AR Briefly

Little Rock housing complex facing AG lawsuit pleads no contest to city code violations

By: - October 3, 2022 4:57 pm

The interior of an apartment at Big Country Chateau (Tess Vrbin/Arkansas Advocate)

Management of a housing complex facing a state lawsuit pleaded no contest to several city code violations Monday in Little Rock environmental court.

Sylvester Smith, the attorney representing Big Country Chateau, said about 90% of the “life and safety issues” at the complex have been resolved.

The issues include mold, broken windows, scattered garbage and other “appalling” living conditions, according to a Pulaski County Circuit Court lawsuit Attorney General Leslie Rutledge filed in August against Big Country Chateau and its New Jersey-based parent company, Apex Equity Group.

Smith requested more time for Big Country Chateau, a 151-unit complex on Colonel Glenn Road, to fix problems at about 10 units where tenants have not allowed management inside.

“We’re trying to work with them to amicably resolve that, but we may have to go up the hill to circuit court to get entry to some of these places,” Smith said.

The case will return to city court Nov. 14.

Little Rock has a housing code enforcement system to ensure safe and healthy living conditions. The city can issue code violations for a variety of problems including plumbing and electrical malfunctions.

Rutledge’s lawsuit alleges that Big Country Chateau rented out units despite knowing those units violated city code.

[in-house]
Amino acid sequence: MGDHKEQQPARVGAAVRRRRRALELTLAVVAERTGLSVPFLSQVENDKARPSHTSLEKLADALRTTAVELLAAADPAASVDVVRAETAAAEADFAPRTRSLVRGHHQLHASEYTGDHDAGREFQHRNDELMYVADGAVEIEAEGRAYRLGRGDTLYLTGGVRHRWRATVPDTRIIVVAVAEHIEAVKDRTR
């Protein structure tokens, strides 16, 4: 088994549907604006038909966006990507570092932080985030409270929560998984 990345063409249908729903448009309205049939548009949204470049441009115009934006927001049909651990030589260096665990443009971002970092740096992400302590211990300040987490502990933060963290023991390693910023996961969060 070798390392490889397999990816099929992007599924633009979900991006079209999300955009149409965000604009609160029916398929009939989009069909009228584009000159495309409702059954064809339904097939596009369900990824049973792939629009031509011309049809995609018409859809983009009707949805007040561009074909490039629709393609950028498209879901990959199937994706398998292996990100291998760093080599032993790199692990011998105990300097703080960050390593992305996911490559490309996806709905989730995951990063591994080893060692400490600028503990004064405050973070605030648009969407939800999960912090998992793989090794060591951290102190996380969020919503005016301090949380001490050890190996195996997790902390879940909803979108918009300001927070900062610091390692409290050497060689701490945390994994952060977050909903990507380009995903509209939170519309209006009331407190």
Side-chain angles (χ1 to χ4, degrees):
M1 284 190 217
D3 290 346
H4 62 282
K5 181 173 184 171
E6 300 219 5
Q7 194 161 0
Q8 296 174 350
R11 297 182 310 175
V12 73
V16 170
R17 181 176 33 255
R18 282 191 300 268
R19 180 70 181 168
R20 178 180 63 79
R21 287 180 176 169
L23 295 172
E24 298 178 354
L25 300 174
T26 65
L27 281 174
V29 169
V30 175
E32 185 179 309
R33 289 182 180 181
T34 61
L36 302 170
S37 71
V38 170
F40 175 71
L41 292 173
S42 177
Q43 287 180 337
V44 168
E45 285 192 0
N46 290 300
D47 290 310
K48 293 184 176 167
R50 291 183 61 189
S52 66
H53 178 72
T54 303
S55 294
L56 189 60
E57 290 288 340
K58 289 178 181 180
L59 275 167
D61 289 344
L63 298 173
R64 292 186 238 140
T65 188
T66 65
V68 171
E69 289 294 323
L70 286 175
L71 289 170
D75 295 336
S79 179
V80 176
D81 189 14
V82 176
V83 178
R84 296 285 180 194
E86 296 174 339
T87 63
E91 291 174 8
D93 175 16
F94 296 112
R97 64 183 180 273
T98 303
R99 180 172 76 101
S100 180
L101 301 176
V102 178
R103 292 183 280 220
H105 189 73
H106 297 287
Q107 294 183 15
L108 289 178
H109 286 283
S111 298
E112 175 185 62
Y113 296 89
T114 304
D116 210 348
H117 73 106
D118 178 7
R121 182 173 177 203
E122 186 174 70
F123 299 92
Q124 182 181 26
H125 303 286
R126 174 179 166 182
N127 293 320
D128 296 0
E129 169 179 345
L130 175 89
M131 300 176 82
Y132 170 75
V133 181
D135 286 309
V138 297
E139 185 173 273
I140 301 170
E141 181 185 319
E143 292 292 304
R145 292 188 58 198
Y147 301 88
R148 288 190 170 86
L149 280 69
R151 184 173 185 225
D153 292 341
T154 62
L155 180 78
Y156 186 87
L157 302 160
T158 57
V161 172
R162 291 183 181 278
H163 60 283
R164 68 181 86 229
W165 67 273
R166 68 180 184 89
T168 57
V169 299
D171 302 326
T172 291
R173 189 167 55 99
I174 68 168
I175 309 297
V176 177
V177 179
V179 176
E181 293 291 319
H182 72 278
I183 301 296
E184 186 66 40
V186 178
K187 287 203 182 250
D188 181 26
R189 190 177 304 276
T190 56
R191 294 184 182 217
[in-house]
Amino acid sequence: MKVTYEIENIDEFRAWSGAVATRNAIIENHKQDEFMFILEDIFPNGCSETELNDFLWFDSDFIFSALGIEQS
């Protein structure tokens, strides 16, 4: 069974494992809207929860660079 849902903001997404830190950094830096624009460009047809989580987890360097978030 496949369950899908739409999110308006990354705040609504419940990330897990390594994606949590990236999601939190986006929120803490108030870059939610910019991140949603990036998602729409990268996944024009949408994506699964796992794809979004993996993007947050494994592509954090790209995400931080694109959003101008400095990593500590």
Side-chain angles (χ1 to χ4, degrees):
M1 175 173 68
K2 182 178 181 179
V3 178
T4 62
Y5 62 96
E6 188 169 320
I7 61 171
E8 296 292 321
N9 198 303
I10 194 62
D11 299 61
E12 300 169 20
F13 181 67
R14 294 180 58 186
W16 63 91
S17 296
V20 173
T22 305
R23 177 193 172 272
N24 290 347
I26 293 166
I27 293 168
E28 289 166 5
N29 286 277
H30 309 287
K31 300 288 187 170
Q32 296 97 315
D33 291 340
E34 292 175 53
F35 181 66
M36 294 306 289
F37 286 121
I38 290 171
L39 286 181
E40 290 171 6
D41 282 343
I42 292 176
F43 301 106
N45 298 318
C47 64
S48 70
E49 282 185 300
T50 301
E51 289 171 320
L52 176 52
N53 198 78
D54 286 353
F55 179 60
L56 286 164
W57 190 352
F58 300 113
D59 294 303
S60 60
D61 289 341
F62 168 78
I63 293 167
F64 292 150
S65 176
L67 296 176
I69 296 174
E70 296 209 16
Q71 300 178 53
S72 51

“Outside the buildings, trash, animal feces, and debris were found scattered throughout the lawn and around the pool; doors were missing, with empty doorways boarded up; windows were shattered; electrical boxes were open, with wires tangled and exposed; and the fire extinguisher hooks were all empty,” the lawsuit states.

Big Country Chateau tenants almost lost water and electricity Sept. 1 because complex managers did not pay the utility bill despite promising tenants it would do so, according to Rutledge’s lawsuit.

Accepting consumers’ money for a previously agreed-upon purpose and not using the money for that purpose is “a deceptive, false, and unconscionable business practice” that violates the Arkansas Deceptive Trade Practices Act, the lawsuit states.

Breaking this law results in a Class A misdemeanor, and the attorney general may seek an injunction against the offender, according to state law. Violators of the Arkansas Deceptive Trade Practices Act can be fined up to $10,000 per violation.

Big Country Chateau management paid off its $70,000 debt to Entergy Arkansas and made “arrangements” with Central Arkansas Water before Sept. 1, so both utilities still provide services to the complex.

Our stories may be republished online or in print under Creative Commons license CC BY-NC-ND 4.0. We ask that you edit only for style or to shorten, provide proper attribution and link to our web site. Please see our republishing guidelines for use of photos and graphics. Please see our republishing guidelines for use of photos and graphics.

Tess Vrbin
Tess Vrbin

Tess Vrbin came to the Advocate from the Arkansas Democrat-Gazette, where she reported on low-income housing and tenants' rights, and won awards for her coverage of 2021 flooding and tornado damage in rural Arkansas. She previously covered local government for The Commercial Dispatch in Mississippi and state government for the Columbia Daily Tribune in Missouri. A Midwesterner by birth, she graduated from the University of Missouri's journalism school in 2019.

MORE FROM AUTHOR